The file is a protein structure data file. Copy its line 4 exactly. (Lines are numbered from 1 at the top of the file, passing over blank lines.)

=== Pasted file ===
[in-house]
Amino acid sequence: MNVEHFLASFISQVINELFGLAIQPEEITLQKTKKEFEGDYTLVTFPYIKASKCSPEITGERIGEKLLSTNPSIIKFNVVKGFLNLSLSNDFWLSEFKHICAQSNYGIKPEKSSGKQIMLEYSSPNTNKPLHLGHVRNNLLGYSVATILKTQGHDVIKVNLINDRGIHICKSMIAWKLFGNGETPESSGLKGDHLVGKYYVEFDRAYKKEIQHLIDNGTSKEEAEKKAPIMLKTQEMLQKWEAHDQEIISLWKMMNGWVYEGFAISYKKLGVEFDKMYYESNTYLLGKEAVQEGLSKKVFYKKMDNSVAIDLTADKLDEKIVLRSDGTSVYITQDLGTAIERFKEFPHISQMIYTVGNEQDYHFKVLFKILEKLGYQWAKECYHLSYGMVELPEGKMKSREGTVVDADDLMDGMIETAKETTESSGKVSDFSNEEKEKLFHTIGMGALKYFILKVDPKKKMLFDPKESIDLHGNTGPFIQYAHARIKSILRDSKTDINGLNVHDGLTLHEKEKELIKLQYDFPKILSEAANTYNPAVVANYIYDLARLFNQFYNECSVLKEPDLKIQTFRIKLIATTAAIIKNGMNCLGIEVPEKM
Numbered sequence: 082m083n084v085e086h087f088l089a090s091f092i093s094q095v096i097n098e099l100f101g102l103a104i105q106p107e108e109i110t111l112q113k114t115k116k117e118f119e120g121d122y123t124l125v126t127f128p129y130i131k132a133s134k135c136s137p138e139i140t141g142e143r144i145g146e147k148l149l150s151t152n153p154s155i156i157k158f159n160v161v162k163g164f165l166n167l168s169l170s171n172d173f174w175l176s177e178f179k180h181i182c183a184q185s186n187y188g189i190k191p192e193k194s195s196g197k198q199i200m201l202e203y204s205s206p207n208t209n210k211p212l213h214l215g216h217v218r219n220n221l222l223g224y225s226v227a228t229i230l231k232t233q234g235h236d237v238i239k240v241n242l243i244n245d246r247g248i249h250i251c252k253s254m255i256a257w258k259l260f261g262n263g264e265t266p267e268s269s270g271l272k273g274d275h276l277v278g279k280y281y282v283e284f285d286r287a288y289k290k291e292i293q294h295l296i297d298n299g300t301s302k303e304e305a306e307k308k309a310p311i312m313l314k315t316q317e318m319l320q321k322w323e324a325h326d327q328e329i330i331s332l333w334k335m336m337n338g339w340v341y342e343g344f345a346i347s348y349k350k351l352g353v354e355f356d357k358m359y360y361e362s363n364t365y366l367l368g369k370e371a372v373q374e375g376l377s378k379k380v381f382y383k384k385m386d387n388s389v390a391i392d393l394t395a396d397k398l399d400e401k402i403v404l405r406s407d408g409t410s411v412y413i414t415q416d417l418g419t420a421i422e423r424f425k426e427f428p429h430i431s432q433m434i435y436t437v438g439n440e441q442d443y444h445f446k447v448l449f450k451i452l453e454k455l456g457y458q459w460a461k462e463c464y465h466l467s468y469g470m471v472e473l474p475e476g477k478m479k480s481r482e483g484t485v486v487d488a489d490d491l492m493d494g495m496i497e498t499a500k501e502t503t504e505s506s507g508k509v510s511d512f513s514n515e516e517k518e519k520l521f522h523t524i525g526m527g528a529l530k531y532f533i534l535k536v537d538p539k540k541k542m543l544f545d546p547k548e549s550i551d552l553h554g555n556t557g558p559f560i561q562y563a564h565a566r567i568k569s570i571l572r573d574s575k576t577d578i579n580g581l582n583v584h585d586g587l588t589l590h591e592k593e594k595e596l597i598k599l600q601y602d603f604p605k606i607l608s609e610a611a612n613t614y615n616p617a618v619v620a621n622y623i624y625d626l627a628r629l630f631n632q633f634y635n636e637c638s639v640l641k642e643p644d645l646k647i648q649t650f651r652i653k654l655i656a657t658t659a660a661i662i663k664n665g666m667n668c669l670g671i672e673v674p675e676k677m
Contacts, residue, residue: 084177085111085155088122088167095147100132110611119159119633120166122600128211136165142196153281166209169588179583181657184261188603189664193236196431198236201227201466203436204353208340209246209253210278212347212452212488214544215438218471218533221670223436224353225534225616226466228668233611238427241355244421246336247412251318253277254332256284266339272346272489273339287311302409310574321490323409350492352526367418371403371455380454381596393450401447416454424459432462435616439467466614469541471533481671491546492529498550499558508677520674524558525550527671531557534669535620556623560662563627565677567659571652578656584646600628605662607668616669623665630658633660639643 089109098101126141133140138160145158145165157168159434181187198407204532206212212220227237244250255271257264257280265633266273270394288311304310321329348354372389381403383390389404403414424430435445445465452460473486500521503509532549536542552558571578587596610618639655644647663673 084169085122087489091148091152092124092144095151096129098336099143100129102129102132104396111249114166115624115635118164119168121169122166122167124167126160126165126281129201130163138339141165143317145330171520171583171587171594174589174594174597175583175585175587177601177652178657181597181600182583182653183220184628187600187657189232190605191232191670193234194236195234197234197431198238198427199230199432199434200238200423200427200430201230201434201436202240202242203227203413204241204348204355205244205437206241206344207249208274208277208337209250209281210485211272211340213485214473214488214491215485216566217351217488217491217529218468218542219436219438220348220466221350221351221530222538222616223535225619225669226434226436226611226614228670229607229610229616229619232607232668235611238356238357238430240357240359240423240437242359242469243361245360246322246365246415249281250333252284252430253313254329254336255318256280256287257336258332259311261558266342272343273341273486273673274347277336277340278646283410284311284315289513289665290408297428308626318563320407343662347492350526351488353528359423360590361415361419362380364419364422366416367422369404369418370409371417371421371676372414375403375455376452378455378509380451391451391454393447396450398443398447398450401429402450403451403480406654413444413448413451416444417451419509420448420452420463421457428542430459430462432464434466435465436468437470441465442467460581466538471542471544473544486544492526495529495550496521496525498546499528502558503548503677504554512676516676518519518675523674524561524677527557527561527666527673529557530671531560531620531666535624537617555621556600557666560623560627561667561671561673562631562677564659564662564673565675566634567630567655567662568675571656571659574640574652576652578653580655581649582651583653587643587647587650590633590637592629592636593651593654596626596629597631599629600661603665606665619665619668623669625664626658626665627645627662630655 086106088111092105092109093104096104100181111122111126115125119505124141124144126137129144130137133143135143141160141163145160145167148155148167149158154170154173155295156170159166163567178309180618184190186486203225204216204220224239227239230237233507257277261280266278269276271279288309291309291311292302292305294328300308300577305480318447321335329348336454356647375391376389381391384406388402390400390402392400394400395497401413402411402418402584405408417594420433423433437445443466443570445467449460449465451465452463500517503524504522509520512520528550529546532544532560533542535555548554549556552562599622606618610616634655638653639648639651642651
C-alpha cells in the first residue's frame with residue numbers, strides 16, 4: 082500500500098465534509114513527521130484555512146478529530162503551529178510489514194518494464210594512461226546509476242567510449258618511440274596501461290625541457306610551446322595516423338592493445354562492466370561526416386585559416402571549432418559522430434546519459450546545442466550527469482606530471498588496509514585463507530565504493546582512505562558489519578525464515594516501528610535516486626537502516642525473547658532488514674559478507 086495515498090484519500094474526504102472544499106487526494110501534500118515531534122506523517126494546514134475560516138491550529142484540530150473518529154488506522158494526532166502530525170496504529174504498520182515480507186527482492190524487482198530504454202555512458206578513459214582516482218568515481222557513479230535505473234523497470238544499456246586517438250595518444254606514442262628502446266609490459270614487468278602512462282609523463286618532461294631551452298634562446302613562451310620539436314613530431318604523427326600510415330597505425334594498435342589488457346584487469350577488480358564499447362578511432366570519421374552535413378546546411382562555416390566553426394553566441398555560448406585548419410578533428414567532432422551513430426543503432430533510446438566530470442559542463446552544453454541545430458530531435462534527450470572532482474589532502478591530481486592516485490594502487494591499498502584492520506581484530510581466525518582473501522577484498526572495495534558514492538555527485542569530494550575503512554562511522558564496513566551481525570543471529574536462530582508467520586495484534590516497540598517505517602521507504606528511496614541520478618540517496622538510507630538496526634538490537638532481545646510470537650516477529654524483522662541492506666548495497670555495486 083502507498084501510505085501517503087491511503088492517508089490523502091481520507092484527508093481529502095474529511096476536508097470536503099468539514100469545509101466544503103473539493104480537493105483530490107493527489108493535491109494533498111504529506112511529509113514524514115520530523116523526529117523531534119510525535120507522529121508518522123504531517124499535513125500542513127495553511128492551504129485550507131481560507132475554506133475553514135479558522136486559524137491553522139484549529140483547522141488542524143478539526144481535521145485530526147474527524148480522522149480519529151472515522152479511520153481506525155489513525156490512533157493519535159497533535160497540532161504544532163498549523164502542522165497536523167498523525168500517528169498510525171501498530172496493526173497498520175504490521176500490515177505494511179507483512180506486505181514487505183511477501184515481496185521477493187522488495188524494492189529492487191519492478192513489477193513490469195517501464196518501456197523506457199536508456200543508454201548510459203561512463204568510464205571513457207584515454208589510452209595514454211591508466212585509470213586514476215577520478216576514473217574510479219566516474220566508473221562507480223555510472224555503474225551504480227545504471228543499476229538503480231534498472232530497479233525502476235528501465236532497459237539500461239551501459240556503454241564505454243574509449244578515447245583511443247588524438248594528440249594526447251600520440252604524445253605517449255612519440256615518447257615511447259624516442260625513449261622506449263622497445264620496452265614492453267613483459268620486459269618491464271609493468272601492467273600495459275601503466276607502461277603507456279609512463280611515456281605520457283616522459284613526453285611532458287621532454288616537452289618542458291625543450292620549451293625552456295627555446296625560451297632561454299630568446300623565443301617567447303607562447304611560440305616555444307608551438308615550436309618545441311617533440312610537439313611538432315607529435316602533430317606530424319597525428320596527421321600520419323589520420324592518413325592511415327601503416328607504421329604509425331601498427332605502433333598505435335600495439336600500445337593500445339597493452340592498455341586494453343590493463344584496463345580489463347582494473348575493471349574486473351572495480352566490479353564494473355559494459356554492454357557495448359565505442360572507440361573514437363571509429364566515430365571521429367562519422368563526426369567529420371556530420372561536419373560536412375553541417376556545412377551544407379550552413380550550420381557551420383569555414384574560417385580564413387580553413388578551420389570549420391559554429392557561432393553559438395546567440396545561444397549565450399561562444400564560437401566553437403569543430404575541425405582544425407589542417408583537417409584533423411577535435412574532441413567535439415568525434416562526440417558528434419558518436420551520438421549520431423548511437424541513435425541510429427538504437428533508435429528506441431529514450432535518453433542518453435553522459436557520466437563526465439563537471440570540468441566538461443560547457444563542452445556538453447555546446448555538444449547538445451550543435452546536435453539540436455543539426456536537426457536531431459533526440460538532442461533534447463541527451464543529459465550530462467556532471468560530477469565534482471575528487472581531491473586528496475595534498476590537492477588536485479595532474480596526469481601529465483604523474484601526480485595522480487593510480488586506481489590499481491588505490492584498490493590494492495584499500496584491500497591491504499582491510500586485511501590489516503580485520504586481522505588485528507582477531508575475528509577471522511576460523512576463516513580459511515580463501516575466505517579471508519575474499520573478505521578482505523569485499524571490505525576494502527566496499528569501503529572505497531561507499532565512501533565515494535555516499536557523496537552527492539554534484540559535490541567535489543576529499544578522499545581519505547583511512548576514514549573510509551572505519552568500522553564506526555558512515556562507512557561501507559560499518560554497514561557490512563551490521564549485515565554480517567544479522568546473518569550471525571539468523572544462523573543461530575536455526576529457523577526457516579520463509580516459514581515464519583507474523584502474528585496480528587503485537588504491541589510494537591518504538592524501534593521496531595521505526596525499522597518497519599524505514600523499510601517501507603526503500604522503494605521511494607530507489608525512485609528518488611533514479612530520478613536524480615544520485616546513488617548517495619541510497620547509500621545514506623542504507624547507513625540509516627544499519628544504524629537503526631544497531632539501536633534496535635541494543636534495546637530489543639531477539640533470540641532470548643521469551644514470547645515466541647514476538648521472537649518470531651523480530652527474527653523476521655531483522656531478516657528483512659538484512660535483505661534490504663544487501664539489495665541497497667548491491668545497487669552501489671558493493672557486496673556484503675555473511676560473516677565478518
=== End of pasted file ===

Contacts, residue, residue: 084177085111085155088122088167095147100132110611119159119633120166122600128211136165142196153281166209169588179583181657184261188603189664193236196431198236201227201466203436204353208340209246209253210278212347212452212488214544215438218471218533221670223436224353225534225616226466228668233611238427241355244421246336247412251318253277254332256284266339272346272489273339287311302409310574321490323409350492352526367418371403371455380454381596393450401447416454424459432462435616439467466614469541471533481671491546492529498550499558508677520674524558525550527671531557534669535620556623560662563627565677567659571652578656584646600628605662607668616669623665630658633660639643 089109098101126141133140138160145158145165157168159434181187198407204532206212212220227237244250255271257264257280265633266273270394288311304310321329348354372389381403383390389404403414424430435445445465452460473486500521503509532549536542552558571578587596610618639655644647663673 084169085122087489091148091152092124092144095151096129098336099143100129102129102132104396111249114166115624115635118164119168121169122166122167124167126160126165126281129201130163138339141165143317145330171520171583171587171594174589174594174597175583175585175587177601177652178657181597181600182583182653183220184628187600187657189232190605191232191670193234194236195234197234197431198238198427199230199432199434200238200423200427200430201230201434201436202240202242203227203413204241204348204355205244205437206241206344207249208274208277208337209250209281210485211272211340213485214473214488214491215485216566217351217488217491217529218468218542219436219438220348220466221350221351221530222538222616223535225619225669226434226436226611226614228670229607229610229616229619232607232668235611238356238357238430240357240359240423240437242359242469243361245360246322246365246415249281250333252284252430253313254329254336255318256280256287257336258332259311261558266342272343273341273486273673274347277336277340278646283410284311284315289513289665290408297428308626318563320407343662347492350526351488353528359423360590361415361419362380364419364422366416367422369404369418370409371417371421371676372414375403375455376452378455378509380451391451391454393447396450398443398447398450401429402450403451403480406654413444413448413451416444417451419509420448420452420463421457428542430459430462432464434466435465436468437470441465442467460581466538471542471544473544486544492526495529495550496521496525498546499528502558503548503677504554512676516676518519518675523674524561524677527557527561527666527673529557530671531560531620531666535624537617555621556600557666560623560627561667561671561673562631562677564659564662564673565675566634567630567655567662568675571656571659574640574652576652578653580655581649582651583653587643587647587650590633590637592629592636593651593654596626596629597631599629600661603665606665619665619668623669625664626658626665627645627662630655 086106088111092105092109093104096104100181111122111126115125119505124141124144126137129144130137133143135143141160141163145160145167148155148167149158154170154173155295156170159166163567178309180618184190186486203225204216204220224239227239230237233507257277261280266278269276271279288309291309291311292302292305294328300308300577305480318447321335329348336454356647375391376389381391384406388402390400390402392400394400395497401413402411402418402584405408417594420433423433437445443466443570445467449460449465451465452463500517503524504522509520512520528550529546532544532560533542535555548554549556552562599622606618610616634655638653639648639651642651